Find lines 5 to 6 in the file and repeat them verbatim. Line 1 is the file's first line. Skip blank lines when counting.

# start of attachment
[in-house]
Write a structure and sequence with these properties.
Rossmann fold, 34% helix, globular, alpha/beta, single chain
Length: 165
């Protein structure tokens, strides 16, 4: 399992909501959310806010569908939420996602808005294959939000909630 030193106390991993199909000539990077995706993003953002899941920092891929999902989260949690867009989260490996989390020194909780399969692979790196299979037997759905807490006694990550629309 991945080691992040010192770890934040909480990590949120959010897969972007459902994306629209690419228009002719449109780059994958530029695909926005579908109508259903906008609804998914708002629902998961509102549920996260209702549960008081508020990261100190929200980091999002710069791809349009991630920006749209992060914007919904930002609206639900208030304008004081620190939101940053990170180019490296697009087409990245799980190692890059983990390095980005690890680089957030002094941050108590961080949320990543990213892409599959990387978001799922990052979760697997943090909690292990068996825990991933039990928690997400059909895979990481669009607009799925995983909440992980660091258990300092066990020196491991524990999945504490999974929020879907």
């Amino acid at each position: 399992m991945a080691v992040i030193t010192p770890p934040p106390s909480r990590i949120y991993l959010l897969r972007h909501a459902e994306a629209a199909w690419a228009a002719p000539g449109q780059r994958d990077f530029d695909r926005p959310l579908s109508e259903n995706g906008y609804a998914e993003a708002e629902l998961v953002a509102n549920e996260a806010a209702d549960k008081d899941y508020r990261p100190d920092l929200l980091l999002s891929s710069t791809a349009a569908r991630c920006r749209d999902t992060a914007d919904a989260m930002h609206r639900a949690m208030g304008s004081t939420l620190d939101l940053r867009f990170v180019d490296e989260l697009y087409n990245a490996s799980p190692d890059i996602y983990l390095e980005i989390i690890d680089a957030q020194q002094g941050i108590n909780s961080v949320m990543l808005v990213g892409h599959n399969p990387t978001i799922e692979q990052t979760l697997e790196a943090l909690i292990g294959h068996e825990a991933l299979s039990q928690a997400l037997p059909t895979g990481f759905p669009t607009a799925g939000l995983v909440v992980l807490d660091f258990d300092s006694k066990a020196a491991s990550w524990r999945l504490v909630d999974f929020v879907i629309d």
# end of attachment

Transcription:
């Protein structure tokens, strides 16, 4: 399992909501959310806010569908939420996602808005294959939000909630 030193106390991993199909000539990077995706993003953002899941920092891929999902989260949690867009989260490996989390020194909780399969692979790196299979037997759905807490006694990550629309 991945080691992040010192770890934040909480990590949120959010897969972007459902994306629209690419228009002719449109780059994958530029695909926005579908109508259903906008609804998914708002629902998961509102549920996260209702549960008081508020990261100190929200980091999002710069791809349009991630920006749209992060914007919904930002609206639900208030304008004081620190939101940053990170180019490296697009087409990245799980190692890059983990390095980005690890680089957030002094941050108590961080949320990543990213892409599959990387978001799922990052979760697997943090909690292990068996825990991933039990928690997400059909895979990481669009607009799925995983909440992980660091258990300092066990020196491991524990999945504490999974929020879907």
């Amino acid at each position: 399992m991945a080691v992040i030193t010192p770890p934040p106390s909480r990590i949120y991993l959010l897969r972007h909501a459902e994306a629209a199909w690419a228009a002719p000539g449109q780059r994958d990077f530029d695909r926005p959310l579908s109508e259903n995706g906008y609804a998914e993003a708002e629902l998961v953002a509102n549920e996260a806010a209702d549960k008081d899941y508020r990261p100190d920092l929200l980091l999002s891929s710069t791809a349009a569908r991630c920006r749209d999902t992060a914007d919904a989260m930002h609206r639900a949690m208030g304008s004081t939420l620190d939101l940053r867009f990170v180019d490296e989260l697009y087409n990245a490996s799980p190692d890059i996602y983990l390095e980005i989390i690890d680089a957030q020194q002094g941050i108590n909780s961080v949320m990543l808005v990213g892409h599959n399969p990387t978001i799922e692979q990052t979760l697997e790196a943090l909690i292990g294959h068996e825990a991933l299979s039990q928690a997400l037997p059909t895979g990481f759905p669009t607009a799925g939000l995983v909440v992980l807490d660091f258990d300092s006694k066990a020196a491991s990550w524990r999945l504490v909630d999974f929020v879907i629309d």